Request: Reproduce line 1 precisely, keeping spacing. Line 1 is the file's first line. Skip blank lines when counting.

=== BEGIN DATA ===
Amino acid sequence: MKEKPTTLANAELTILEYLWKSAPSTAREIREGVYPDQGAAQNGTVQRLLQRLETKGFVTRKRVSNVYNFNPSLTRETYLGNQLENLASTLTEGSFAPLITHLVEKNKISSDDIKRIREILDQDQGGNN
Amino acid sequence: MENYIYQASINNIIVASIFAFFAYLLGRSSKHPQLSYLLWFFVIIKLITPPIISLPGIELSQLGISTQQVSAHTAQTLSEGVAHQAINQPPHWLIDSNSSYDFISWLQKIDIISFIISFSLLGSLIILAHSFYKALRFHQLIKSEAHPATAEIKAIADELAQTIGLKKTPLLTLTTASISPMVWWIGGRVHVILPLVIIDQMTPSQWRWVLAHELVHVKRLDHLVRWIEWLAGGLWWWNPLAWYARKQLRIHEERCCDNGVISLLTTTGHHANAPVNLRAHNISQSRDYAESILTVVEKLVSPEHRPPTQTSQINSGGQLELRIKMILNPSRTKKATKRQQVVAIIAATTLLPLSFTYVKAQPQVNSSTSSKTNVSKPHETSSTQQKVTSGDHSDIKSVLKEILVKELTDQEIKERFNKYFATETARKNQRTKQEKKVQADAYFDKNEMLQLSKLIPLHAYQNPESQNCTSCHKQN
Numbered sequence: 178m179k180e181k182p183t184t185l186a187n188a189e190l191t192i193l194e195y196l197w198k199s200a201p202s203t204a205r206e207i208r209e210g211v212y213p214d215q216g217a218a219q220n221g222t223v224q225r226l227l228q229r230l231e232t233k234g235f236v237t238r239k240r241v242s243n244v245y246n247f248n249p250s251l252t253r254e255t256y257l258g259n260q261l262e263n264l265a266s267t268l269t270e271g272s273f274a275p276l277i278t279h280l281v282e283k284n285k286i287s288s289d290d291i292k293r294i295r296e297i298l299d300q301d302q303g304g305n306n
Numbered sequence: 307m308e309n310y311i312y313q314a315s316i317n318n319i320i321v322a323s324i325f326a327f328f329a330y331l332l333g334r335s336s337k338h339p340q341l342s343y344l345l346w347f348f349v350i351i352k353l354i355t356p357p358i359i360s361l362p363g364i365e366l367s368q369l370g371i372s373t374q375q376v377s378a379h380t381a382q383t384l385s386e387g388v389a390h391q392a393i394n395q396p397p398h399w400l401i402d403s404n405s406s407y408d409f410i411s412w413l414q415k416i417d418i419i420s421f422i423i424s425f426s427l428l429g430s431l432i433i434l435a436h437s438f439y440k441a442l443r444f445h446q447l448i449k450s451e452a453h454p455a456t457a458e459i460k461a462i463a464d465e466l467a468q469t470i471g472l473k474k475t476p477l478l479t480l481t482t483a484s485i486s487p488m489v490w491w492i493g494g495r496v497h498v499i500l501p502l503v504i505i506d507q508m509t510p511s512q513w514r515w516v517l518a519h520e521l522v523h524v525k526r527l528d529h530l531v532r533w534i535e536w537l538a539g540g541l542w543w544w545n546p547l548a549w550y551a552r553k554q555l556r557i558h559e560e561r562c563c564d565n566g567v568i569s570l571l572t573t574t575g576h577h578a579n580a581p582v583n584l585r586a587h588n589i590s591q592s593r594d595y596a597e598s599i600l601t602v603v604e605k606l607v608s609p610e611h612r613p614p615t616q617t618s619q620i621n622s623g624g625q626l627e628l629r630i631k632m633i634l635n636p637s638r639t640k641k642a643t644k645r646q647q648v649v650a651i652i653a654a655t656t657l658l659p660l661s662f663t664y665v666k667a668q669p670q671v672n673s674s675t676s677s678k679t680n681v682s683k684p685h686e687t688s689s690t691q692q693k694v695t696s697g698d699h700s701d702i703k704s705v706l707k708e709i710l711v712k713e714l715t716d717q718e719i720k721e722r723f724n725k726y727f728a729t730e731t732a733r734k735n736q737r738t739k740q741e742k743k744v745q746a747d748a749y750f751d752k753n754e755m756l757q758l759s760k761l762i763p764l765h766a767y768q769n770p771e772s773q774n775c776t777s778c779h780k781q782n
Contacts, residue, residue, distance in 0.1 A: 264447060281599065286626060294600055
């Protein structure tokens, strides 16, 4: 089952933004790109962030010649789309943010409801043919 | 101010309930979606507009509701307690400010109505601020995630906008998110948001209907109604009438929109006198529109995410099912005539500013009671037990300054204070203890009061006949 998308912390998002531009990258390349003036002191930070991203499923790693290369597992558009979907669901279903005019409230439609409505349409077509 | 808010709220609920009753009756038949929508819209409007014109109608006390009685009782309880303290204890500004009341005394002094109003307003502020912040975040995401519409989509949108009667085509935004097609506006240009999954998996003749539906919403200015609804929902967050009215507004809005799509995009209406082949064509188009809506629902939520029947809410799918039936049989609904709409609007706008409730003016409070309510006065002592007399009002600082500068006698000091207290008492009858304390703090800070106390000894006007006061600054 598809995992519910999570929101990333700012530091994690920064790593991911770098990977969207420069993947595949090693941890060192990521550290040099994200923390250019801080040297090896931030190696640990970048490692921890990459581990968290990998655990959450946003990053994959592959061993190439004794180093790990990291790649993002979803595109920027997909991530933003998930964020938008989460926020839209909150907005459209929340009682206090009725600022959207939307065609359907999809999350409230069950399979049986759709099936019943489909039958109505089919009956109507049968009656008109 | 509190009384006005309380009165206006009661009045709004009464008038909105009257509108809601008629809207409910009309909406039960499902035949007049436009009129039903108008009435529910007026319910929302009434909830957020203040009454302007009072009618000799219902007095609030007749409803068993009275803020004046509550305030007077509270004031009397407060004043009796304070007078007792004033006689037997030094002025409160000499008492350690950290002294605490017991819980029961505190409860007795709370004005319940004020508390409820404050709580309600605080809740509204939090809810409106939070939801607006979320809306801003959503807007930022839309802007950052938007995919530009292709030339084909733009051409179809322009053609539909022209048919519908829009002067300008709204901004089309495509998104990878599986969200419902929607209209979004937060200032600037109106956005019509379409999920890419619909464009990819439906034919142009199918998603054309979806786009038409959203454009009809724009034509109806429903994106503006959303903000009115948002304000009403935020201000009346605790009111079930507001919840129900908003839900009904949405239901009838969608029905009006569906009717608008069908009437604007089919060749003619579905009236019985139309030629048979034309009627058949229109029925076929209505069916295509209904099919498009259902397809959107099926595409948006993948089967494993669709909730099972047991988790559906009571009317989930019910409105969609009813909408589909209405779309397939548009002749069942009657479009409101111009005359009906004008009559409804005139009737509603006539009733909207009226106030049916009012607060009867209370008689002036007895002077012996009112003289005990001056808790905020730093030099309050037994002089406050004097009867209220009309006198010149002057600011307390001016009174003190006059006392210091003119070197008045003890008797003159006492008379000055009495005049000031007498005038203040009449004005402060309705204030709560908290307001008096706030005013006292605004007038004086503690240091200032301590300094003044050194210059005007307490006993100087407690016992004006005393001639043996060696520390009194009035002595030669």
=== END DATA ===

Amino acid sequence: MKEKPTTLANAELTILEYLWKSAPSTAREIREGVYPDQGAAQNGTVQRLLQRLETKGFVTRKRVSNVYNFNPSLTRETYLGNQLENLASTLTEGSFAPLITHLVEKNKISSDDIKRIREILDQDQGGNN